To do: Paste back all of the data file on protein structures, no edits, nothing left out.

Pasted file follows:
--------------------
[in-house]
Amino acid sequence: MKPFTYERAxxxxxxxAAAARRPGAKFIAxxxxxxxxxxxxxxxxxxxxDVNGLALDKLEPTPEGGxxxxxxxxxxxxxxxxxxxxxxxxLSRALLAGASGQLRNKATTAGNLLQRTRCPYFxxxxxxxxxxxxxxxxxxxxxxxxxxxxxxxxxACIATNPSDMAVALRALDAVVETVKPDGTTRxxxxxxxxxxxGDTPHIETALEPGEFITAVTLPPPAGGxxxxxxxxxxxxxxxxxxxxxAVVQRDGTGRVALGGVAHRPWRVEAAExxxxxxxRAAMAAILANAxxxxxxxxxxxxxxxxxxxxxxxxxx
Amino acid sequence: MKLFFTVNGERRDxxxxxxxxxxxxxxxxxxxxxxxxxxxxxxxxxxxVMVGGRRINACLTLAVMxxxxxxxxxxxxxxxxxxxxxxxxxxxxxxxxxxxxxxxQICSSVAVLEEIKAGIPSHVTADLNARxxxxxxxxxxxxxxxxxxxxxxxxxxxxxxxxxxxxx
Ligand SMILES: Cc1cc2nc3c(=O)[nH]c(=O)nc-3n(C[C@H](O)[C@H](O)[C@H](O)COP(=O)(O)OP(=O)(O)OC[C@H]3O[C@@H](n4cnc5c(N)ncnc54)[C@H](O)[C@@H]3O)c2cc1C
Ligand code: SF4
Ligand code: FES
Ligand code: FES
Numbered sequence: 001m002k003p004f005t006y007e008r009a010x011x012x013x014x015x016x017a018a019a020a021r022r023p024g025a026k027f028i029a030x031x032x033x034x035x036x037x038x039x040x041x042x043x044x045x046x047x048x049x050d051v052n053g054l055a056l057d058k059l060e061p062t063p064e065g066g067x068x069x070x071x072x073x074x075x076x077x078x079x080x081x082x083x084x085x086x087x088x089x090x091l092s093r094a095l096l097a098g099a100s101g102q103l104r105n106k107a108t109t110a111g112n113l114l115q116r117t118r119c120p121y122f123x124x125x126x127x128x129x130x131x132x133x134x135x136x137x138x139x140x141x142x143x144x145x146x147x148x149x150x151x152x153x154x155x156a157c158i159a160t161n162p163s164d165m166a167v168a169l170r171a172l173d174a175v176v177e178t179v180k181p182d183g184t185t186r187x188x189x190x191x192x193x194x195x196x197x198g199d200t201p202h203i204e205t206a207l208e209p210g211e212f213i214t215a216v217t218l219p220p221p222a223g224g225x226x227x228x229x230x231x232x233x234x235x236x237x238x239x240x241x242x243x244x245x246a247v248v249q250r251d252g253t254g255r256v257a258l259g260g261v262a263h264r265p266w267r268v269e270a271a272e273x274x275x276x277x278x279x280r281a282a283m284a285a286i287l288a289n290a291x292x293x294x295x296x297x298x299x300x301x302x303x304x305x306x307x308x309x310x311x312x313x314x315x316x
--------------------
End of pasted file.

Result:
[in-house]
Amino acid sequence: MKPFTYERAxxxxxxxAAAARRPGAKFIAxxxxxxxxxxxxxxxxxxxxDVNGLALDKLEPTPEGGxxxxxxxxxxxxxxxxxxxxxxxxLSRALLAGASGQLRNKATTAGNLLQRTRCPYFxxxxxxxxxxxxxxxxxxxxxxxxxxxxxxxxxACIATNPSDMAVALRALDAVVETVKPDGTTRxxxxxxxxxxxGDTPHIETALEPGEFITAVTLPPPAGGxxxxxxxxxxxxxxxxxxxxxAVVQRDGTGRVALGGVAHRPWRVEAAExxxxxxxRAAMAAILANAxxxxxxxxxxxxxxxxxxxxxxxxxx
Amino acid sequence: MKLFFTVNGERRDxxxxxxxxxxxxxxxxxxxxxxxxxxxxxxxxxxxVMVGGRRINACLTLAVMxxxxxxxxxxxxxxxxxxxxxxxxxxxxxxxxxxxxxxxQICSSVAVLEEIKAGIPSHVTADLNARxxxxxxxxxxxxxxxxxxxxxxxxxxxxxxxxxxxxx
Ligand SMILES: Cc1cc2nc3c(=O)[nH]c(=O)nc-3n(C[C@H](O)[C@H](O)[C@H](O)COP(=O)(O)OP(=O)(O)OC[C@H]3O[C@@H](n4cnc5c(N)ncnc54)[C@H](O)[C@@H]3O)c2cc1C
Ligand code: SF4
Ligand code: FES
Ligand code: FES
Numbered sequence: 001m002k003p004f005t006y007e008r009a010x011x012x013x014x015x016x017a018a019a020a021r022r023p024g025a026k027f028i029a030x031x032x033x034x035x036x037x038x039x040x041x042x043x044x045x046x047x048x049x050d051v052n053g054l055a056l057d058k059l060e061p062t063p064e065g066g067x068x069x070x071x072x073x074x075x076x077x078x079x080x081x082x083x084x085x086x087x088x089x090x091l092s093r094a095l096l097a098g099a100s101g102q103l104r105n106k107a108t109t110a111g112n113l114l115q116r117t118r119c120p121y122f123x124x125x126x127x128x129x130x131x132x133x134x135x136x137x138x139x140x141x142x143x144x145x146x147x148x149x150x151x152x153x154x155x156a157c158i159a160t161n162p163s164d165m166a167v168a169l170r171a172l173d174a175v176v177e178t179v180k181p182d183g184t185t186r187x188x189x190x191x192x193x194x195x196x197x198g199d200t201p202h203i204e205t206a207l208e209p210g211e212f213i214t215a216v217t218l219p220p221p222a223g224g225x226x227x228x229x230x231x232x233x234x235x236x237x238x239x240x241x242x243x244x245x246a247v248v249q250r251d252g253t254g255r256v257a258l259g260g261v262a263h264r265p266w267r268v269e270a271a272e273x274x275x276x277x278x279x280r281a282a283m284a285a286i287l288a289n290a291x292x293x294x295x296x297x298x299x300x301x302x303x304x305x306x307x308x309x310x311x312x313x314x315x316x